Survey

* Your assessment is very important for improving the workof artificial intelligence, which forms the content of this project

Survey

Document related concepts

Transcript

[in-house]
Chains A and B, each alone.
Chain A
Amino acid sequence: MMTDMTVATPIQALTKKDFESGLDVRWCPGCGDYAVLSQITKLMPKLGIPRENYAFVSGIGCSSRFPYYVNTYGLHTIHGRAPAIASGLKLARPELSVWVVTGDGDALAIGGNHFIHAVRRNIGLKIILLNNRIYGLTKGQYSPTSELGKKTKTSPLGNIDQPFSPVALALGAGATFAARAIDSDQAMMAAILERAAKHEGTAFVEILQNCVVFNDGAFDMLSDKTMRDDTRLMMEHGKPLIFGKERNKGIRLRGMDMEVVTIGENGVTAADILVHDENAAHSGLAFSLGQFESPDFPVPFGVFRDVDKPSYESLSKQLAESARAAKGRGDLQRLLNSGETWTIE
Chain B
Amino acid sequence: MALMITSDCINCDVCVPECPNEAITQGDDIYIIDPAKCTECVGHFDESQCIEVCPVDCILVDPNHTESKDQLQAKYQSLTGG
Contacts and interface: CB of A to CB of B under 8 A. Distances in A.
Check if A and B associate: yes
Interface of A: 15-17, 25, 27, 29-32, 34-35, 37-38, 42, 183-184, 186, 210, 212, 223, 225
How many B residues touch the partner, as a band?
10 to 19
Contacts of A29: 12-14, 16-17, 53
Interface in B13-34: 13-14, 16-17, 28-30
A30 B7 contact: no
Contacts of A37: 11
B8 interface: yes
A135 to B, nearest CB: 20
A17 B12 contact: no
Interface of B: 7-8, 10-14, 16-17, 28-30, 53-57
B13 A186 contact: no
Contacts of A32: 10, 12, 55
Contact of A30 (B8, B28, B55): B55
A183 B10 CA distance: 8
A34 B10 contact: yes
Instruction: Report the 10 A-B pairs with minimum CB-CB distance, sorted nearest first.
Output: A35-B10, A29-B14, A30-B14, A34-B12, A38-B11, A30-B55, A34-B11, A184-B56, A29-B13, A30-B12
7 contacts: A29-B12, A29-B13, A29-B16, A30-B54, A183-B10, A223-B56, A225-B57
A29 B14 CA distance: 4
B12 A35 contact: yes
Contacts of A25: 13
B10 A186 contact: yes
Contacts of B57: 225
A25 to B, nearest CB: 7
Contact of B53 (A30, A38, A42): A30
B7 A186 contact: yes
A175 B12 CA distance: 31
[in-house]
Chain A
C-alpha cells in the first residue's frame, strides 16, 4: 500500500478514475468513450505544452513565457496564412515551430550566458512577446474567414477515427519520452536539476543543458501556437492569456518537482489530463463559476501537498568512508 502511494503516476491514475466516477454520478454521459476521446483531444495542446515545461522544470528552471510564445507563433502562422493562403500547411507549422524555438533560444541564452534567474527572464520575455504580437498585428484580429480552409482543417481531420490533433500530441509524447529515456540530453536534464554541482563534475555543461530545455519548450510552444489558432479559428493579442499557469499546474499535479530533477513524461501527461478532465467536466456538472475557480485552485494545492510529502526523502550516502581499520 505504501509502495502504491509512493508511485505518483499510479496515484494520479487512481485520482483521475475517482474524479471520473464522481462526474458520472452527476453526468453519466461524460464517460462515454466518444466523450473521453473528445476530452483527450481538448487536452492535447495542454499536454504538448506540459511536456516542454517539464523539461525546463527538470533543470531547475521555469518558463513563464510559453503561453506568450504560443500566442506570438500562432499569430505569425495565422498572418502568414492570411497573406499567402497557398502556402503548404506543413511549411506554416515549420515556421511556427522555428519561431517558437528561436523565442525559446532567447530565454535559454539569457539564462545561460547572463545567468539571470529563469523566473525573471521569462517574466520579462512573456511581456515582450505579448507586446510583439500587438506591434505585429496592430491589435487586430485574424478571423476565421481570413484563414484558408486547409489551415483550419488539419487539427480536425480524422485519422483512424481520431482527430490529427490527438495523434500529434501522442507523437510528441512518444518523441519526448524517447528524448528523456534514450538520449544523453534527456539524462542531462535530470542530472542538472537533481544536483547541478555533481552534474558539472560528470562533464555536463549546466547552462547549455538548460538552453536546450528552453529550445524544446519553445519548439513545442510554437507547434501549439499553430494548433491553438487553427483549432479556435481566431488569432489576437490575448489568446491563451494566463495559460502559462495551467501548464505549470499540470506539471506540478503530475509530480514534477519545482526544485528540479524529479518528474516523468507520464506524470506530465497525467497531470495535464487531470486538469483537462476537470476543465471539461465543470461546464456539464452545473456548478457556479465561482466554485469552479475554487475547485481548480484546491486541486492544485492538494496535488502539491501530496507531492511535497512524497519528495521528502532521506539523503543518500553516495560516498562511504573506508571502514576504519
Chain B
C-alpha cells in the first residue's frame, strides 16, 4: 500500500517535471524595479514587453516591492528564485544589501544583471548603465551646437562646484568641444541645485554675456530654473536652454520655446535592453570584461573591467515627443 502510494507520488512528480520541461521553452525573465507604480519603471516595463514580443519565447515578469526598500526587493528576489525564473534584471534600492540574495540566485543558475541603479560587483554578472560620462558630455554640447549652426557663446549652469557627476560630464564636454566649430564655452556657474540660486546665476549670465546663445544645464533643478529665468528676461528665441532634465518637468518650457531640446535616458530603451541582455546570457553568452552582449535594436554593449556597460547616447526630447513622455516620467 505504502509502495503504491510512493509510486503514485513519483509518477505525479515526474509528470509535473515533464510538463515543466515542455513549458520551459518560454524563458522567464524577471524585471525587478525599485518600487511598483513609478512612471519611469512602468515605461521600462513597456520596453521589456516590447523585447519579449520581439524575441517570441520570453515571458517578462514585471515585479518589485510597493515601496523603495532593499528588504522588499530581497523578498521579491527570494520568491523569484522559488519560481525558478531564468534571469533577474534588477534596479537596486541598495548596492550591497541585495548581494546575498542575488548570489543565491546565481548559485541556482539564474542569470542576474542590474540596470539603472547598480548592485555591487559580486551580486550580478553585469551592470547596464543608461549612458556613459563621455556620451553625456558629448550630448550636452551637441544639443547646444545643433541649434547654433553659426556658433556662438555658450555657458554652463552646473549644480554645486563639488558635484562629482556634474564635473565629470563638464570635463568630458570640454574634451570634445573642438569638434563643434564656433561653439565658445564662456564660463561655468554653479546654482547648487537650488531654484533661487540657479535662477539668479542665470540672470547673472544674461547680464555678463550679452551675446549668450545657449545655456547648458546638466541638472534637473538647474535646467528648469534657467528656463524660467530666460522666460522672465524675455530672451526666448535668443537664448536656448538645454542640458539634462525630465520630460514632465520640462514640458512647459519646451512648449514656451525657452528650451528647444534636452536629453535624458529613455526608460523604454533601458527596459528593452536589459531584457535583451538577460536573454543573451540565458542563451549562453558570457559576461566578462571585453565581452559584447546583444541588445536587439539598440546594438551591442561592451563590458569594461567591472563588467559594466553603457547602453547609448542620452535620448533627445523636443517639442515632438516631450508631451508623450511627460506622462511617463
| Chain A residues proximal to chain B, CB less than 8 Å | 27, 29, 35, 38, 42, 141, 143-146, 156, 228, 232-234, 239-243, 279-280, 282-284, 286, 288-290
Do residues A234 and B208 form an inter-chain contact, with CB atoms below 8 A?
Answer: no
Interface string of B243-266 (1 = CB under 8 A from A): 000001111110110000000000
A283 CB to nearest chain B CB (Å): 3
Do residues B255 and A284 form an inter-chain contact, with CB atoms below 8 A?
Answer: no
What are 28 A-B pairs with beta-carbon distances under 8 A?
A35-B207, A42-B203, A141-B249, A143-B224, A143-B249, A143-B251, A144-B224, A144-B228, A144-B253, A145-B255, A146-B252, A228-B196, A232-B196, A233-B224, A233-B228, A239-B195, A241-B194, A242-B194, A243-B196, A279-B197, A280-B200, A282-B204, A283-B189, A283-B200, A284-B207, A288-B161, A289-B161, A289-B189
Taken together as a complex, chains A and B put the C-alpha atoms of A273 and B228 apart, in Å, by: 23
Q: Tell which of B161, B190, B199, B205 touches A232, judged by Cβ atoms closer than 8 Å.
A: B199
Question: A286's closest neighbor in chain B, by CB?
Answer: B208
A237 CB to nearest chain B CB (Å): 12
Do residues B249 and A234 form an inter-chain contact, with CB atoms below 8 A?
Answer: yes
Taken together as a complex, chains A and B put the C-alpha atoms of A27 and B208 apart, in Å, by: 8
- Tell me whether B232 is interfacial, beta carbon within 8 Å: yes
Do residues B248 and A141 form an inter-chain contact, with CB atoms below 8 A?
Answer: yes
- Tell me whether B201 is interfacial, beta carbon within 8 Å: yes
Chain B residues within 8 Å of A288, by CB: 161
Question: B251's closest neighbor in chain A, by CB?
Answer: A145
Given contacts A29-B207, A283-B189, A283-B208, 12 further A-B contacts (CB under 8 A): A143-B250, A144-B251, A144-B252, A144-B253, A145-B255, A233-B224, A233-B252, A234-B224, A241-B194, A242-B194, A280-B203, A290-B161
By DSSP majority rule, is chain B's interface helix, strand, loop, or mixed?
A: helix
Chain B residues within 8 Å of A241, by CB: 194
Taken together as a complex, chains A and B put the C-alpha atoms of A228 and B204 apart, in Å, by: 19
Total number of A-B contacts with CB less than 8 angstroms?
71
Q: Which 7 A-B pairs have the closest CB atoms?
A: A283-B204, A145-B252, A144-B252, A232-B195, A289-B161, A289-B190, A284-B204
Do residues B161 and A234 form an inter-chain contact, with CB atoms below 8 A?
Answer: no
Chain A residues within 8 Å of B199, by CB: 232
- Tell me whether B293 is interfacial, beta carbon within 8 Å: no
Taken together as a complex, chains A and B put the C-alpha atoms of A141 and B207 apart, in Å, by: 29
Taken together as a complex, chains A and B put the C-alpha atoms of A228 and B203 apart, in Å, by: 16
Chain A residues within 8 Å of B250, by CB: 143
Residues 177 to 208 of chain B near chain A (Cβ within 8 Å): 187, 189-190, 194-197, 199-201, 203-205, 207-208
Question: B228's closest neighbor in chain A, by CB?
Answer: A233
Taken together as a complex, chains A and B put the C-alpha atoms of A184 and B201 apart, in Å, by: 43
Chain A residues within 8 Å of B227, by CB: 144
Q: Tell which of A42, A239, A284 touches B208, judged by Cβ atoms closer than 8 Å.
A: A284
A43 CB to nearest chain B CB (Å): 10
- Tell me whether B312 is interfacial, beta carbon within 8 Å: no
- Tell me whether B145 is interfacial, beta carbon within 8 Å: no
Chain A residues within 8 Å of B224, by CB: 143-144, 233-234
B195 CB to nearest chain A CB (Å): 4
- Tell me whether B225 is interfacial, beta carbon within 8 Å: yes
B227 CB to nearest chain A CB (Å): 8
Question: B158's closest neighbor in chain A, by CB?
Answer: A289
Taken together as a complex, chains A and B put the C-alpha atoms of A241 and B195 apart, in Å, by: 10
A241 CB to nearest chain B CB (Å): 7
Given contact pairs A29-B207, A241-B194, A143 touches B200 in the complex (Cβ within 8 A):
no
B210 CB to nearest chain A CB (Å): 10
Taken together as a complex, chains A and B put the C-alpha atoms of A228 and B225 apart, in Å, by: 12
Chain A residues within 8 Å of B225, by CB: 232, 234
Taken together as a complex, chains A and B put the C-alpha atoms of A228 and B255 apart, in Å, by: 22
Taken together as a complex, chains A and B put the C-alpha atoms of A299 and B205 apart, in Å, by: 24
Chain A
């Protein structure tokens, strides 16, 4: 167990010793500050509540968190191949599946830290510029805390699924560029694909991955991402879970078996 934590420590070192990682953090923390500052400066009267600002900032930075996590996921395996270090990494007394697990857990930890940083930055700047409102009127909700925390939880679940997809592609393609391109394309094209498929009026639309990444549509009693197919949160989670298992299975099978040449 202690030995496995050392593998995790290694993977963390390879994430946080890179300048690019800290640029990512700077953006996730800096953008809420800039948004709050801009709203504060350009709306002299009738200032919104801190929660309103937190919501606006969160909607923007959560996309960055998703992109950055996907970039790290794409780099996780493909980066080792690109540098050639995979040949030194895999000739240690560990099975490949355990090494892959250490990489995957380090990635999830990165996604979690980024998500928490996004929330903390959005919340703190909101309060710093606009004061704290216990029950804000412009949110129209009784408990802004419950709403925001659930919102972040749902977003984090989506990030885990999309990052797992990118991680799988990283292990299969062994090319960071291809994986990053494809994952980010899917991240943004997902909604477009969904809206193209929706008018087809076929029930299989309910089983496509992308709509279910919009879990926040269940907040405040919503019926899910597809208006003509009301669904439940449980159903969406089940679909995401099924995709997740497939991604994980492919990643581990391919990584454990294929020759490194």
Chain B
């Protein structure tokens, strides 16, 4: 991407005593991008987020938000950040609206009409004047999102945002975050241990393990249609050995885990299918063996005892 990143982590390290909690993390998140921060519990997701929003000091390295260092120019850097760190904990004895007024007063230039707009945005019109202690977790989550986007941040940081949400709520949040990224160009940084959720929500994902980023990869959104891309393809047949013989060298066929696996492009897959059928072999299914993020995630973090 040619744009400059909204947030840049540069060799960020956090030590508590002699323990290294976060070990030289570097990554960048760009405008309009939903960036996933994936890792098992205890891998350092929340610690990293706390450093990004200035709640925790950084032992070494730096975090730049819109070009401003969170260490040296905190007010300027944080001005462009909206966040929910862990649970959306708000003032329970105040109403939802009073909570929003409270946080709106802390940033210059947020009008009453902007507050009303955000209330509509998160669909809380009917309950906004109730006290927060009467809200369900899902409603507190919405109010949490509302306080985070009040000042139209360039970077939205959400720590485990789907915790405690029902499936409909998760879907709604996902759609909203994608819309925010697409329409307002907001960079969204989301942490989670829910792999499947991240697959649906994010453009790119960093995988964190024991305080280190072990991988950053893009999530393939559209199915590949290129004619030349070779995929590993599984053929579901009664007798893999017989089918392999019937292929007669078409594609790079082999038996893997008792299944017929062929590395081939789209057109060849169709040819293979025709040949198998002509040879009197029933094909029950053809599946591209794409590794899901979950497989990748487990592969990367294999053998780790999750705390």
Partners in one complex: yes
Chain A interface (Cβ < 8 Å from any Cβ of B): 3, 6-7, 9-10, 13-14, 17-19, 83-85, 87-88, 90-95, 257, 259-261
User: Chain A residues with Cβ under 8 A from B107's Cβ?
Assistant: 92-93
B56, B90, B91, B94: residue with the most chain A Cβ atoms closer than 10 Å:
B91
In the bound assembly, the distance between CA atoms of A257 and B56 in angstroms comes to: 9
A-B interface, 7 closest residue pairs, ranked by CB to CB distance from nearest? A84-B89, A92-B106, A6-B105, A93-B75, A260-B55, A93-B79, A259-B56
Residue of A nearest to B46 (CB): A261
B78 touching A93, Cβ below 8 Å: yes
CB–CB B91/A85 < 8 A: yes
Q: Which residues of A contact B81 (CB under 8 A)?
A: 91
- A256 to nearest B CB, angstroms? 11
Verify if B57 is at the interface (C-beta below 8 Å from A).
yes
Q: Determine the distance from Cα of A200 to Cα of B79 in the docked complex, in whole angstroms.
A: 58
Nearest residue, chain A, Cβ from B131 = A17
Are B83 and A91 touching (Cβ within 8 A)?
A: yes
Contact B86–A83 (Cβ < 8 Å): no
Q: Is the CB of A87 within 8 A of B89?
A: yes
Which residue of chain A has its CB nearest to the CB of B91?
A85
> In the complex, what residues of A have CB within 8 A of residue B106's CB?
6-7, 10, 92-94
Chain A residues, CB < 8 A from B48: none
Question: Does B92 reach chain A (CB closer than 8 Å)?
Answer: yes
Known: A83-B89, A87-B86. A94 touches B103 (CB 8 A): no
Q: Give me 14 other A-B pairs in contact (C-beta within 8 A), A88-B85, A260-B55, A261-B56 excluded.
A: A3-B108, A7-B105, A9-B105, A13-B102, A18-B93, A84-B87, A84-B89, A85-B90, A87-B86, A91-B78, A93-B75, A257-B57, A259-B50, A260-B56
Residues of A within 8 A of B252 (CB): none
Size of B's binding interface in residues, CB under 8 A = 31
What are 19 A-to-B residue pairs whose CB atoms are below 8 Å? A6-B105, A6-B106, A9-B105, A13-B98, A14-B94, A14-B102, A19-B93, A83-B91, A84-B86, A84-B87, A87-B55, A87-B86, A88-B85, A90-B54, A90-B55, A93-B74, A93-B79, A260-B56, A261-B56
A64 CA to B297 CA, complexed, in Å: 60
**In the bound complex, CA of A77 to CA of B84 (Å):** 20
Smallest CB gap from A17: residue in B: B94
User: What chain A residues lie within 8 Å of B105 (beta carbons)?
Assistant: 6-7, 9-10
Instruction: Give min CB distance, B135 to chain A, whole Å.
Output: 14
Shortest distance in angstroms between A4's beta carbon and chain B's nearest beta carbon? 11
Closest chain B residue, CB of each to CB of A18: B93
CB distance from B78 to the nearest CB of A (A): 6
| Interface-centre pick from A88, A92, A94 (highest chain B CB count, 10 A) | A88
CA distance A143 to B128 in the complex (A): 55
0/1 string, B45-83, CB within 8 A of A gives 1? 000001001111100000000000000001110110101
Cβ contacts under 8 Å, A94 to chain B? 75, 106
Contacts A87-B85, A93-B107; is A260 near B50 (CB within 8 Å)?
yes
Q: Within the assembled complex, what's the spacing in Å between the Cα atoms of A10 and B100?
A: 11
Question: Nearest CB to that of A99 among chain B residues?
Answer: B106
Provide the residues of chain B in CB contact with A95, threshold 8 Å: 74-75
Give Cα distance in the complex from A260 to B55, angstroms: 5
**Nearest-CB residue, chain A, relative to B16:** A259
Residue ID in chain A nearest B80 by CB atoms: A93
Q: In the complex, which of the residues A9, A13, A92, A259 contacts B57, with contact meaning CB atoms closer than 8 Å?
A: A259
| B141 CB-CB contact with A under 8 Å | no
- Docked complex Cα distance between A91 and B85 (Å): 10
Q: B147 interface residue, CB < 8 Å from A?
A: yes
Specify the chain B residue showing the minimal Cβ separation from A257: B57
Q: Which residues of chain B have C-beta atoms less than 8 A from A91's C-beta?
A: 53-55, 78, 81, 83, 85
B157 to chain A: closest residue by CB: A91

Decimal Binary Oct Hex 0 0 0 0 1 1 1 1 2 10 2 2 3 11 3 3 4 100 4 4 5 101 5 5 6 110 6 6 7 111 7 7 8 1000 10 8 9 1001 11 9 10 1010 12 A 11 1011 13 B 12 1100 14 C 13 1101 15 D 14 1110 16 E 15 1111 17 F 16 10000 20 10 17 10001 21 11 1 Q 230)10 =?)2 1100111)2 =?)10 A The number 230 can be expressed as: 128 + 64 + 32 + 4 + 2 So, the answer is: 11100110 The number 1100111 represents: 64 + 32 + 4 + 2 + 1 So, the answer is: 103 (41)10=(?)2 41)10 =?)2 41/2=20 20/2=10 10/2=5 5/2=2 2/2=1 1/2= 0 (101001) 2 1 (This the least significant bit) 0 0 1 0 1(This the most significant bit) Note! The Most significant bit is the last bit 4 (41)10=(?)2 41)10 =?)2 41/2=20 20/2=10 10/2=5 5/2=2 2/2=1 1/2= 0 1 (This the least significant bit) 0 0 1 0 1(This the most significant bit) (101001) 2 Note! The Most significant bit is the last bit 5 (41)10= (101001) 2 PLEASE CHECK YOUR CLASS NOTES FOR THIS LECTURE 6 Integer Numbers (Signed) There are many ways to represent negative integers. The simplest method is called sign-and-magnitude. It means using the leftmost bit as a sign bit (1 for negative, 0 for positive). In a 32-bit system that means that the first bit represents the sign, and the other 31 the absolute value of the number. For example –9 would be: 1000 0000 0000 0000 0000 0000 0000 1001 This method has one major drawback, it would allow for two zero values –0, and +0. For that reason, it is not used. +0: 0000 0000 0000 0000 0000 0000 0000 0000 –0: 1000 0000 0000 0000 0000 0000 0000 0000 Integer Numbers (Signed) Without a doubt, your personal computer uses a method known as two's complement. A little more complicated than sign-and-magnitude but not that much and it has only one zero value. To have –9 in two's complement, you invert all the bits in the representation of 9 and add 1. You can achieve the same result by starting from the right; find the first 1 and invert all the bits to the left of that one. +9 = 0000 0000 0000 0000 0000 0000 0000 1001 –9 = 1111 1111 1111 1111 1111 1111 1111 0111 To indicate a signed number, we need to specify the sign to do this we usually set aside the Most Significant bit (MSB) for the sign bit. If that bit is 0, then the rest of the bits giving us the magnitude of a positive number, if MSB is 1, then we have a negative number & we need to interpret the remaining bits based on one of the following methods: Sign-&-Magnitude 2’s-Complement Do not forget 2’s-Complement is only for negative values!!!!!!!! For Positive value do the regular conversion. 9 0 0 0 0 0 0 0 0 0 0 0 0 0 0 0 1 0 0 0 0 0 0 1 0 0 0 0 0 0 0 1 1 0 0 0 0 0 1 0 0 0 0 0 0 0 1 0 1 0 0 0 0 0 1 1 0 0 0 0 0 0 1 1 1 Word: Depending on the type of hardware being used it can be 8, 16 or 32 bits. The width of a memory cell. 8 or 16 or 32 or 64 depending on the hardware 10 Hexadecimal Numbers (HEX) In computer science, the base-16 numeral system is often used to represent groups of 4 bits. It uses 16 distinct symbols, most often the symbols 0–9 to represent values zero to nine, and A, B, C, D, E, F to represent values ten to fifteen. Example: +9 = 0000 0000 0000 0000 0000 0000 0000 1001 0 0 0 0 0 0 0 9 -9 = 1111 1111 1111 1111 1111 1111 1111 0111 F F F F F F F 7 Real (Floating Point) Numbers Real numbers in binary are expressed with a sign, a mantissa (or fraction or significand), and an exponent. The IEEE Standard for Binary Floating-Point Arithmetic (IEEE 754) is the most widely used standard for floating-point computation The exponent is biased depending on the format (127 for single precision, 1023 for double). Real (Floating Point) Numbers Suppose +9.0 in binary: The sign is positive. It will be represented by a sign-and magnitude convention (0) at the leftmost bit. The exponent will be 3 (the closest power of 2 less or equal than 9 is 8, which is 2 to the power of 3), then biased (3+127=130 for single, 3+1023=1026 for double). That number is then converted to an unsigned binary integer to fit into the 8-bit exponent zone (11-bit zone for double precision). To compute the mantissa you take the number (9.0) and divide it by 2 to the power of the exponent (in this case 8). You get 1.125. The mantissa is then filled from left to right with 1s and 0s. The first bit represents 0.5 (1 is assumed but not represented), the second bit 0.25, ... For 1.125 we need 1+0.125 which is the third bit at 1, all the others remaining at 0. Real (Floating Point) Numbers 9.0 in single-precision binary is: 0100 0001 0001 0000 0000 0000 0000 0000 A double number is expressed in 64 bits: 52 bits for the mantissa, 11 bits for the exponent, and 1 sign bit. So 9.0 double-precision binary is: 0100 0000 0010 0010 0000 0000 0000 0000 0000 0000 0000 0000 0000 0000 0000 0000 See a IEEE-754 Floating-Point Conversion calculator at http://babbage.cs.qc.edu/IEEE-754/Decimal.html Real (Floating Point) Numbers Now let's do the reverse. Let's convert a binary IEEE-754 floating-point number into a decimal. 1100 0011 0110 0000 0000 0000 0000 0000 1. Determine the sign: That one is easy. 1 is negative, 0 is positive. We have negative number. 2. Determine the exponent: 10000110 is 128+4+2=134. That our biased exponent. Subtract the bias (127) to find the true exponent: 7. Finally, let's calculate 2 to the power of 7, we get 128. This means our number is between 128 and 255. 3. Determine the mantissa: The first bit represents 0.5, the second 0.25, the third 0.125.... Here we have the two first bits at one: 0.5+0.25 = 0.75. Since 1 is always assumed, our mantissa value is 1.75. 4. Do the final computation: Multiply the final value of step #2 by the final value of step #3. 128 times 1.75 is 224. So our number is –224.0 Check the class examples for computation Characters Characters are expressed using the ASCII code: 'A' =65 = 01000001 'g' =103 = 01100111 '$' =36 '+' = = 00100100 43 = 00101011 Note that digits expressed in ASCII are different than integers or doubles. '9' = 57 = 00111001 See the ASCII code at www.asciitable.com Programming Languages Many languages exist to program instructions to the computer. 1st generation: Machine languages (pure binary) Example: 101011101010101010111010101011 2nd generation: Assembly languages (mnemonic codes) Example: MV R1,R3 3rd generation: High-level languages (C, Fortran, Java) Example: y = x * x + 2; 4th generation: Closer to human languages than typical high-level programming languages (MATLAB, SQL) Example: find all records where name is “Kim” Solving Problems Here are the steps required to solve a problem with a computer program: 1. Define the problem 2. Analyze the problem. 3. Design a solution. 4. Implement the solution. 5. Test the program. 6. Update and maintain the program. Why MATLAB for CPS118? It is a very popular software and language with students, engineers, and scientists in universities, research institutes and industries all over the world. It is being used by many advanced courses in the science program. It is powerful and easy to use. Programs are platform-independent. Programs written on one platform will run on all the other platforms without change (Windows, Unix, Linux, Macintosh). MATLAB contains an extensive library of predefined functions. MATLAB has advanced capabilities for plotting and graphics making it a visually attractive environment for new programmers. MATLAB Avantages Its basic data element is the matrix (like 2 two-dimensional grid). A simple integer is considered an matrix of one row and one column. Several mathematical operations that work on arrays or matrices are built-in to the Matlab environment. For example, cross-products, dot-products, determinants, inverse matrices. Vectorized operations. Adding two arrays together needs only one command, instead of a for or while loop. The graphical output is optimized for interaction. You can plot your data very easily, and then change colors, sizes, scales, etc, by using the graphical interactive tools. Matlab’s functionality can be greatly expanded by the addition of toolboxes. These are sets of specific functions that provided more specialized functionality. Ex: Excel link allows data to be written in a format recognized by Excel, Statistics Toolbox allows more specialized statistical manipulation of data (Anova, Basic Fits, etc) Matlab Drawbacks It uses a large amount of memory and on slow computers it is very hard to use. It sits “on top” of Windows, getting as much CPU time as Windows allows it to have. This makes real-time applications very complicated. MATLAB is an interpreted language. The main disadvantage of interpreted languages is execution speed. When a language is compiled, all of the code is analyzed and processed efficiently, before the programmer distributes the application. With an interpreted language, the computer running the program has to analyze and interpret the code before it can be executed (each and every time), resulting in slower processing performance. For applications where performance is critical, a fast language like C is a much better choice. End of Lesson Please check your class lecture notes for more examples (What is written on blackboard) Computers are electronic systems that can transmit, store and manipulate information (data). Data can be numeric, character, graphic and sound. For beginner programmers, the two most important are character and numeric. To manipulate data, a computer needs a set of instructions called a program. To write such programs is the object of this course. 25 An algorithm is a series of instructions on how to solve the problem. We need algorithms before we can write programs. Algorithms have the following characteristics: The order of execution of operations must be correct. The operations must be clear and unambiguous. The operations must be things that are feasible. They must produce a result. They must stop in a finite amount of time. Precision: must give the correct results. Uniqueness: same inputs will give the same results. Finiteness: it must stop eventually. Input: most algorithms need input. Output: the answers are the outputs. Generality: must work with multiple data sets 26 A Simple Algorithm Baking Bread: 1. Add dry ingredients. 2. Mix. 3. Add water. 4. Knead. 5. Let rise. 6. Bake. Another Complex Algorithm Sorting mail: 1. Get piece of mail from mail box 2. If piece is personal 2.1 Read it else if piece is a magazine 2.1.1 Put in magazine rack else if piece is a bill 2.1.1.1 Pay it else if piece is junk mail 2.1.1.1.1 Throw it away About Algorithms 1 Algorithms are a set of instructions for solving a problem. Once you have created an algorithm, you no longer need to understand the principles on which the algorithm is based. For example, once you have the directions to Ryerson, you don't need a map any more. The information needed to find the correct route is contained in the algorithm. All you have to do is follow the directions. About Algorithms 2 Algorithms are a way of sharing expertise with others. Once you have encoded the necessary intelligence to solve a problem in an algorithm, many people can use your algorithm without needing to become experts in a particular field. Algorithms are especially important to computers because computers are really machines for solving problems. For a computer to be useful, we must give it a problem to solve and a technique for solving the problem. About Algorithms 3 You can make computers "intelligent" by programming them with various algorithms to solve problems. Because of their speed and accuracy, computers are well suited for solving tedious problems such as searching for a specific gene sequence in a DNA mapping. Finally, not all problems can be solved with computers because the solutions to some problems can't be stated in an algorithm. Writing an Algorithm We will now learn how to write an algorithm to solve a simple problem: Sort the following numbers in ascending order: 7 2 8 3 5 Think about how you would solve this problem for a moment. Sorting is a common problem handled by computers. Different types of computer systems: Mainframes Workstations Desktop computers Palmtop Computers or Personal Digital Assistants (PDA) Laptop or notebook computers Tablets 33 A. Hardware Physical components that together provide the functionality required by a computing machine CPU (Central Processing Unit) - ALU (Arithmetic Logic Unit) - Internal Registers Memory - RAM (Random Access Memory) aka Read/Write Memory - ROM (Read Only Memory) -Cache I/O Device -Keyboard -Mouse -Display -Printer 34 Components of a Computer Storage Types CPU registers: Only a few cells on CPU. Read-Only Memory (ROM): Thousands of cells containing pre-set computer instructions. Main memory (RAM): Billions of cells on circuits separate from CPU. Memory location picked-up at random and access time is the same. Secondary storage: Hundreds and thousands of billions of cells on disks (magnetic or optic), flash drives or tapes. Secondary storage is not volatile (data is kept even when power is off). Internal Representations Bit: Binary digit (0 or 1). Byte: A group of 8 bits. One character. Word: The width of a memory cell. Nibble: A group of 4 bits. Used to make bit sequences easier to read. Each byte of main memory has an address. All numbers and all characters are represented in binary code. Understand what MATLAB is and why it is widely used in engineering and science Start the MATLAB program and solve simple problems in the command window MATLAB is one of a number of commercially available, sophisticated mathematical computation tools Others include Maple Mathematica MathCad What Is MATLAB? MATLAB is both a powerful computational environment and a programming language that easily handles matrix and complex arithmetic. It is a large software package that has many advanced features built in, and it has become a standard tool for many working in science or engineering disciplines. Among other things, it allows easy plotting in both two and three dimensions. Numerical calculations ◦ Especially:matrices Graphics MATLAB stands for Matrix Laboratory Easy to use Built in programming language MATLAB was originally written in Fortran, then later rewritten in C MATLAB is updated regularly The Mathworks packages their software in groups, called releases, New releases are issued twice a year in the spring and in the fall Release 2013a includes ◦ MATLAB 8.1 ◦ A number of specialized “toolboxes” What Is MATLAB? MATLAB has two different methods for executing commands: interactive mode and batch mode. In interactive mode, commands are typed (or cut and pasted) into the command window. In batch mode, a series of commands is saved in a text file with a .m extension. The batch commands in a file are then executed by typing the name of the file at the MATLAB command prompt. The MATLAB Language MATLAB is an interpreted language. Commands are executed line by line. It supports two basic types: characters like 'a' (16 bits) and doubles like 8.25 (64 bits). Most of the time MATLAB works with arrays or matrices of real numbers or characters. Other types are also supported: complex, symbolic (if installed), 16-bit and 8-bit integers, etc... • • • • • • A standardized approach to problem solving commonly found in all science disciplines. 1.first you state the problem, 2.then describe the input and output. 3. Develop a plan for solving the problem, called an algorithm. 4.Then you actually solve the problem, in our case using MATLAB, and 5. finally you test your solution for reasonableness. If you use a consistent problem solving strategy you increase the chance that your result is correct MATLAB uses a standard windows menu bar To exit MATLAB use the close icon Workspace Window Current Folder Window Lists files stored in the current directory Command Window Enter commands at the prompt MATLAB Windows Command History Window Records all commands issued in the command window – including mistakes Current Folder Window The MATLAB Desktop Workspace Window Command History Window Command Window